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  7. SkyBlueScottie

    SkyBlueScottie Well-Known Member

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    Since 2014... and each time the £ has seen a jump in value... The impact is lessening on each occasion though.
     
  8. SkyBlueScottie

    SkyBlueScottie Well-Known Member

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    Not sure it counts as good news really, as the low rates have kept the economy spluttering along, probably prolonged the agony for some... Jeez its like supporting us!
     
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  9. skybluesam66

    skybluesam66 Well-Known Member

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    i guess my 0.44% mortgage will slowly increase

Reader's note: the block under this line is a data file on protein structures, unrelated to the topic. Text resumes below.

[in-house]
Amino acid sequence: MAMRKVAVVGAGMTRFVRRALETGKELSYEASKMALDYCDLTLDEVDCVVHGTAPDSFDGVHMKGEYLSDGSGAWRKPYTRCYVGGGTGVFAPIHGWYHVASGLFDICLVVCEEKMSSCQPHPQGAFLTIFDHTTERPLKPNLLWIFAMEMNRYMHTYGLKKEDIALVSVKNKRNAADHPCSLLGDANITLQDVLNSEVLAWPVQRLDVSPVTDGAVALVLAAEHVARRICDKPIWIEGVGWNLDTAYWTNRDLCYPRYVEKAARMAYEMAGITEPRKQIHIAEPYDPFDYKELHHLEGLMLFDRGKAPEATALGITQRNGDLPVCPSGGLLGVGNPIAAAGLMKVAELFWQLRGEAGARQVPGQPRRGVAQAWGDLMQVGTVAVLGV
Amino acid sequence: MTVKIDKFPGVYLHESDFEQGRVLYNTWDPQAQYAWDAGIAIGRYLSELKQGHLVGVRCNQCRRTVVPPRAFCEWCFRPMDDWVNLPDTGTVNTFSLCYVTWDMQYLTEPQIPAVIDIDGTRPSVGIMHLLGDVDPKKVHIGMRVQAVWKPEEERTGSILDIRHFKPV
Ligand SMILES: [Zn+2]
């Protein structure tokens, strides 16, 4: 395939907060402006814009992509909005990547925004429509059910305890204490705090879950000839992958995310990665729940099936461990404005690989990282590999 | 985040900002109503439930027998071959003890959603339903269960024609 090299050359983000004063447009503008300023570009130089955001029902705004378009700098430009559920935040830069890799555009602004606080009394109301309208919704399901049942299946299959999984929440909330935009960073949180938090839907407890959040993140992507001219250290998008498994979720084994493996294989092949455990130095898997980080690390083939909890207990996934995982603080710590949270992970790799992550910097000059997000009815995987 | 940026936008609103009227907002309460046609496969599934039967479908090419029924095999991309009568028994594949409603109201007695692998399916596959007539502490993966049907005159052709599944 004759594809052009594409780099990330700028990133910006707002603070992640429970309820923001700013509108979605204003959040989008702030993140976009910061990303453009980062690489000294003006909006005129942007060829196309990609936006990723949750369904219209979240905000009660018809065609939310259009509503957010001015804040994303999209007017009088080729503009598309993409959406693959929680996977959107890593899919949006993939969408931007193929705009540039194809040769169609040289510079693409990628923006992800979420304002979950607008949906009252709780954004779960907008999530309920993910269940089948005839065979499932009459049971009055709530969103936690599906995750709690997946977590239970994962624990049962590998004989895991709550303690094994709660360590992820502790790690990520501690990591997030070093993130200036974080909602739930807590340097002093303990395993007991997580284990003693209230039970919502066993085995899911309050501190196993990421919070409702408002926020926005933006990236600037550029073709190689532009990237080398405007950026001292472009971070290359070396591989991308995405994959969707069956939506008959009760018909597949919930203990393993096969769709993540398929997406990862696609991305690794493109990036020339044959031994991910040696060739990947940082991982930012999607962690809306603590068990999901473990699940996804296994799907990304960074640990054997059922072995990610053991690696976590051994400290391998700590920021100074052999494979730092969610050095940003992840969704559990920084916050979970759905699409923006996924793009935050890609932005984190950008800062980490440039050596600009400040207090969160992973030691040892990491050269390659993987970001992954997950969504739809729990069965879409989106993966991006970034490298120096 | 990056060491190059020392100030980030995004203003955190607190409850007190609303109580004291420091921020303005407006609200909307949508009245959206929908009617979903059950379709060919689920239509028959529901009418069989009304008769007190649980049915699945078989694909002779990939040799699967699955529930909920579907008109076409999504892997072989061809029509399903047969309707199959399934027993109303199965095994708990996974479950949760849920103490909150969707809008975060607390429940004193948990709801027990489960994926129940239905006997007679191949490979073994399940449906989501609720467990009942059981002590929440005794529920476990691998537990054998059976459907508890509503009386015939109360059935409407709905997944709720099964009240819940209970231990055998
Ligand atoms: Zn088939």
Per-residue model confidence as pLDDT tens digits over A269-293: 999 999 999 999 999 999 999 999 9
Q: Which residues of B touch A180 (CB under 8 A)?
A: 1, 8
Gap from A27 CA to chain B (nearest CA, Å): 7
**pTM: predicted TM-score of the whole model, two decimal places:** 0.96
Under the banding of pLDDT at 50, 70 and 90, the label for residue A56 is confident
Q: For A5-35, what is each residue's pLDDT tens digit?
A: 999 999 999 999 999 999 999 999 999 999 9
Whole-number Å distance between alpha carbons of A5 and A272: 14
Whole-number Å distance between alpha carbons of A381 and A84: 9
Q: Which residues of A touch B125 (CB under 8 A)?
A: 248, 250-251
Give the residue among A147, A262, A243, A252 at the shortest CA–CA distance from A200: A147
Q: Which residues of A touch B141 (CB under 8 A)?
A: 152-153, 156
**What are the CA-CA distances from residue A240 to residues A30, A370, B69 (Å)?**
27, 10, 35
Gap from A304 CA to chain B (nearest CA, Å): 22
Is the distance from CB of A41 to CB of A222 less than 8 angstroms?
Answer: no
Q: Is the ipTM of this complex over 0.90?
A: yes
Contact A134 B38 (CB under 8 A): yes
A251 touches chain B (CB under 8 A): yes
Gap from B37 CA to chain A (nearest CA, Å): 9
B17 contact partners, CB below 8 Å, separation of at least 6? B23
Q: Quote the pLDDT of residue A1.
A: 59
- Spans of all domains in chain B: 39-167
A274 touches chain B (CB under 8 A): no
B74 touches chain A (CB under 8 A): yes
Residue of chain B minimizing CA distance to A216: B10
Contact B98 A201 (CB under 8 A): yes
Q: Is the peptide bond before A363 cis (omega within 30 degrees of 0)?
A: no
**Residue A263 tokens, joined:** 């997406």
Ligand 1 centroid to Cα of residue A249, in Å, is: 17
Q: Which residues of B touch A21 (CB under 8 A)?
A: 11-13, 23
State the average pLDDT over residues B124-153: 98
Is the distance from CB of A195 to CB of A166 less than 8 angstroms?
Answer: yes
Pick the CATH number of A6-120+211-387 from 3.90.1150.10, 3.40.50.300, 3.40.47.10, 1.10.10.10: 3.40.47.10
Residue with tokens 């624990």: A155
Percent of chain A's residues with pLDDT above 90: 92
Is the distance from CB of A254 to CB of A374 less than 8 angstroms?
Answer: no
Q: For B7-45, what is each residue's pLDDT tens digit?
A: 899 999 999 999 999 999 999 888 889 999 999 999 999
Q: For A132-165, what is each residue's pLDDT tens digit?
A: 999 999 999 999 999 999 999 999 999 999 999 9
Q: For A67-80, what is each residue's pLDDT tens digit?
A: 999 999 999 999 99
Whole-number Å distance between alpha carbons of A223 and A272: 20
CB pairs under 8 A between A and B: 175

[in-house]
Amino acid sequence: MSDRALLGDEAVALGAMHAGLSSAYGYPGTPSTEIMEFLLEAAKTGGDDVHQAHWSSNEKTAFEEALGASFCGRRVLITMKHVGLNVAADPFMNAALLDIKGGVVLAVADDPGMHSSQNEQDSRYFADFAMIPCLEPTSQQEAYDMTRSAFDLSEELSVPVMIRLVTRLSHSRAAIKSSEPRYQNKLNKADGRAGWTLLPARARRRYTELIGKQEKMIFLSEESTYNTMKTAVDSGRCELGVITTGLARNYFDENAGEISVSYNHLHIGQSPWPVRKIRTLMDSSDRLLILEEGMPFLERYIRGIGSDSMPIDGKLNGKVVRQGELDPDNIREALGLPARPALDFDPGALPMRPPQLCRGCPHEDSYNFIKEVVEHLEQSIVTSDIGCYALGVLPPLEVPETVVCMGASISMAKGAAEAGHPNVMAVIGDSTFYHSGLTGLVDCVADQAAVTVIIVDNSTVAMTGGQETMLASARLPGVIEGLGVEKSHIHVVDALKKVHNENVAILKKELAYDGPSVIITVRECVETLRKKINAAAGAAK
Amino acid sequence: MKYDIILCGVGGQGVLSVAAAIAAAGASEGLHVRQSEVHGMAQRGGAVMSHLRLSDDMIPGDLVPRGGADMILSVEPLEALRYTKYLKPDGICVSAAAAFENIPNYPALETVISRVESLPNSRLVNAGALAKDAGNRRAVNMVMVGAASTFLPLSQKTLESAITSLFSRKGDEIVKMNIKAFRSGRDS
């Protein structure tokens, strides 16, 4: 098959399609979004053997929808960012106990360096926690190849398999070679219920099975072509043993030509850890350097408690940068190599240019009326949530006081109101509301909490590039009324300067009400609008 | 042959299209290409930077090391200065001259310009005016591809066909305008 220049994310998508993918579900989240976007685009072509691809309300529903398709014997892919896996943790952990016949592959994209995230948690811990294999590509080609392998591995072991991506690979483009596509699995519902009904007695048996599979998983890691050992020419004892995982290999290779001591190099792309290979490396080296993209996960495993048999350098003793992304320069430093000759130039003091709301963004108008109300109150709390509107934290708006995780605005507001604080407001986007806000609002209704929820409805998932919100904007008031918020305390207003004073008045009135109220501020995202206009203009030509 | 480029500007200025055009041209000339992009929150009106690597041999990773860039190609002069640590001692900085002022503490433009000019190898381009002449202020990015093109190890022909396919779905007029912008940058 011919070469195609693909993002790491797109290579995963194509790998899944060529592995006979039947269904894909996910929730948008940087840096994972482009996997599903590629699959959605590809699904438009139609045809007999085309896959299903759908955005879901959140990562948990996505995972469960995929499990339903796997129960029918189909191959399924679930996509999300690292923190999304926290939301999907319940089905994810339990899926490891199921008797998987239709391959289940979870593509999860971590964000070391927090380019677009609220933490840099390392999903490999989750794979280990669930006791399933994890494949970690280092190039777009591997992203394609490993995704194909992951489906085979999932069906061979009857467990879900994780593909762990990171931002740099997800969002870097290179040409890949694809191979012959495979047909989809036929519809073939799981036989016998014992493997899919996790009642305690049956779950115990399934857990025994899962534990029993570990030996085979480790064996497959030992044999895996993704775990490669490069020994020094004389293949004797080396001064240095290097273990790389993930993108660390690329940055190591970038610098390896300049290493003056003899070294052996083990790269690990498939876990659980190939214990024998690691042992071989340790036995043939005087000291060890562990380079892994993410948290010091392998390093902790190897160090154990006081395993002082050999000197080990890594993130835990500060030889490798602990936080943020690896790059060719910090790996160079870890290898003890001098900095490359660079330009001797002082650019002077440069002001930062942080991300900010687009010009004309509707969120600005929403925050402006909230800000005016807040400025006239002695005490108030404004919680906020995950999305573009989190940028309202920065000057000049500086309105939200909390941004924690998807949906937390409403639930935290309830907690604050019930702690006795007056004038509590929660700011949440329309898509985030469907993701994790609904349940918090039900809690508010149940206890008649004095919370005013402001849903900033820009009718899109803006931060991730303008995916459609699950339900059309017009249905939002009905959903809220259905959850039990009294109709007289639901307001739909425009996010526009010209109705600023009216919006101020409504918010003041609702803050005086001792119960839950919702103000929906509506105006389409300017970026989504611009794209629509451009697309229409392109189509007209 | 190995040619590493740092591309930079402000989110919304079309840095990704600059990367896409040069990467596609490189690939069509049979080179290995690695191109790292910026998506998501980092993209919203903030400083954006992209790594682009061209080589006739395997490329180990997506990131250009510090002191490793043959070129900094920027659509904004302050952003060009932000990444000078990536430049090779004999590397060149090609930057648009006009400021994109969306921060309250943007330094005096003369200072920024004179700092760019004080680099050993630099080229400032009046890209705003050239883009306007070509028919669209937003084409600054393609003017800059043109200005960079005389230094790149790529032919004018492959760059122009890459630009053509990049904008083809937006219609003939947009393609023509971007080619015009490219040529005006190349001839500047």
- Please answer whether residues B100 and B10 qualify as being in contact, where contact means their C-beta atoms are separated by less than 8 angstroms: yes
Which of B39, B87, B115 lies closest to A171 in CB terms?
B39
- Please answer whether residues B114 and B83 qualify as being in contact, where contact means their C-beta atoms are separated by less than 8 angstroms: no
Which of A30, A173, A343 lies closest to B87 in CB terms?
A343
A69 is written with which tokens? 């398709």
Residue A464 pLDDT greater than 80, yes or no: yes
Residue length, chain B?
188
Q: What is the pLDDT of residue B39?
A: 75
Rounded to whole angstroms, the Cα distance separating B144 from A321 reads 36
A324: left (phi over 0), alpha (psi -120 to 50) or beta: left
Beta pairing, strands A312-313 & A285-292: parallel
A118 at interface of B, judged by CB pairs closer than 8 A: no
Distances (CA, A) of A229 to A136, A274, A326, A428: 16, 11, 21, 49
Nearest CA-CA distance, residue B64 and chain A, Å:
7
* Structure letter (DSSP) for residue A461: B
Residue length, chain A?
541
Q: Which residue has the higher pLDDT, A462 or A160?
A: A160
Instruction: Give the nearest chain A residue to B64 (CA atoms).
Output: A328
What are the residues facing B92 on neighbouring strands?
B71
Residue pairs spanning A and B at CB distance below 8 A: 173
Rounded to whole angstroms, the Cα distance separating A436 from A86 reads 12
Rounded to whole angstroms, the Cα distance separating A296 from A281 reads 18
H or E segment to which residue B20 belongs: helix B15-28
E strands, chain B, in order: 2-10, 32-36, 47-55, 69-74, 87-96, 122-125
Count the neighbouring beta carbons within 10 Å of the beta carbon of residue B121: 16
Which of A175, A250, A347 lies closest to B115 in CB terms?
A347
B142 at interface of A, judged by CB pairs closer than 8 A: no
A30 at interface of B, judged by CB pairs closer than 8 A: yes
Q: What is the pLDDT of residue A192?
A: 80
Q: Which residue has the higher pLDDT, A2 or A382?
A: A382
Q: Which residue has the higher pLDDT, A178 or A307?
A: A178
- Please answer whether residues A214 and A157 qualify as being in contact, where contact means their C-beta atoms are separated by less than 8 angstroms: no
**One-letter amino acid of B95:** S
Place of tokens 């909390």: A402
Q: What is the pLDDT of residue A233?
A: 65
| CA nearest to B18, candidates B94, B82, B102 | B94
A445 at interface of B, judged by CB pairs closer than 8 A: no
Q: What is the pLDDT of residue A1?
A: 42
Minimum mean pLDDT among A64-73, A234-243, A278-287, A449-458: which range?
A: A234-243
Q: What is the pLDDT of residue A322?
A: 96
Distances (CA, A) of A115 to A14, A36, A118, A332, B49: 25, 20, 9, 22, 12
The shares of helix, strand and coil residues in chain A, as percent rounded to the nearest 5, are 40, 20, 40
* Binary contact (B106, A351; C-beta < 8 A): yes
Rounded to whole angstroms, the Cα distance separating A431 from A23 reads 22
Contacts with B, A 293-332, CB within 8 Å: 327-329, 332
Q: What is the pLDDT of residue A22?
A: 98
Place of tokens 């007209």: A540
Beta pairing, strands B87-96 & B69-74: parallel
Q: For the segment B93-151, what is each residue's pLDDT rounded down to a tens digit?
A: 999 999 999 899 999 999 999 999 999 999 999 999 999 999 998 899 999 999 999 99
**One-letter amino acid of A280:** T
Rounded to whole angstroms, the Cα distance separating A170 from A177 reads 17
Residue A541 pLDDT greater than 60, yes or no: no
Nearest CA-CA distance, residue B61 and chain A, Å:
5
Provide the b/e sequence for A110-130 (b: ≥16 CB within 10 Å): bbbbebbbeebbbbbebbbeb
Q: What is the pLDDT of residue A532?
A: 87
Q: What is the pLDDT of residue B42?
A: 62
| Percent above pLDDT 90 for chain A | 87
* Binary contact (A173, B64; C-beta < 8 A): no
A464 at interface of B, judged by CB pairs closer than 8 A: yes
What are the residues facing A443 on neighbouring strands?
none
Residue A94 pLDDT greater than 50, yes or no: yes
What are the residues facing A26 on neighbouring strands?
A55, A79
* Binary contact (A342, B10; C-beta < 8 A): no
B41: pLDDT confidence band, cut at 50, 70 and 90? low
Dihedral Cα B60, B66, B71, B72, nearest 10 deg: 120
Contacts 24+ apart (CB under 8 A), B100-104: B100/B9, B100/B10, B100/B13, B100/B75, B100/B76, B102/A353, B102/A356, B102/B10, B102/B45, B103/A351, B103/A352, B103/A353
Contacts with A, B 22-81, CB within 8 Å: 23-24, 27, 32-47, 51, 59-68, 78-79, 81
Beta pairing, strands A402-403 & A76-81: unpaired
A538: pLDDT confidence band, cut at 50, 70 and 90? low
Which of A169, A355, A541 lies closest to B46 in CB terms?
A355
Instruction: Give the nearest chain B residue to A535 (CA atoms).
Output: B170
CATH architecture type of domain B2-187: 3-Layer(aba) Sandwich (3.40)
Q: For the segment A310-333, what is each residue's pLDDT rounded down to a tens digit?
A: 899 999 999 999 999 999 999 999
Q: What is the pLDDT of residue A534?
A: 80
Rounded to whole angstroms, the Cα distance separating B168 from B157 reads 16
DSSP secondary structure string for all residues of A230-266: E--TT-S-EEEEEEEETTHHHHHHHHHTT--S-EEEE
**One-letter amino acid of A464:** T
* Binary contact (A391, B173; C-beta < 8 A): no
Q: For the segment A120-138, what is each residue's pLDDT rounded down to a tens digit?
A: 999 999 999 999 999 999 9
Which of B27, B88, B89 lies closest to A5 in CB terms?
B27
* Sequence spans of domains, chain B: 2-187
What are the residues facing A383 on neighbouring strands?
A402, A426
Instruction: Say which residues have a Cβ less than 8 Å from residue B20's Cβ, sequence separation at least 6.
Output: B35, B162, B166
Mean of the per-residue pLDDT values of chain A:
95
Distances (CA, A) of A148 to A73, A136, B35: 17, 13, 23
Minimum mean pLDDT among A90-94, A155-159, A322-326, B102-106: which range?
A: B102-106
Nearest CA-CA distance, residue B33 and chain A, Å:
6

I remember the good old days of 12% interest rates, and the first fix i ever did was 7.69%
    Proper interest rates like those would make things interesting
     
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  10. skybluegod

    skybluegod Well-Known Member

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    Probably neither good nor bad news for me. Have yet to buy my house, so when I do, while the interest rate might be higher, house prices will also probably fall a bit. So life as usual for me.
     
  11. Sky_Blue_Daz

    Sky_Blue_Daz Well-Known Member

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    Mortgage is fixed for the next 18 months thankfully
     
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  12. covmark

    covmark Well-Known Member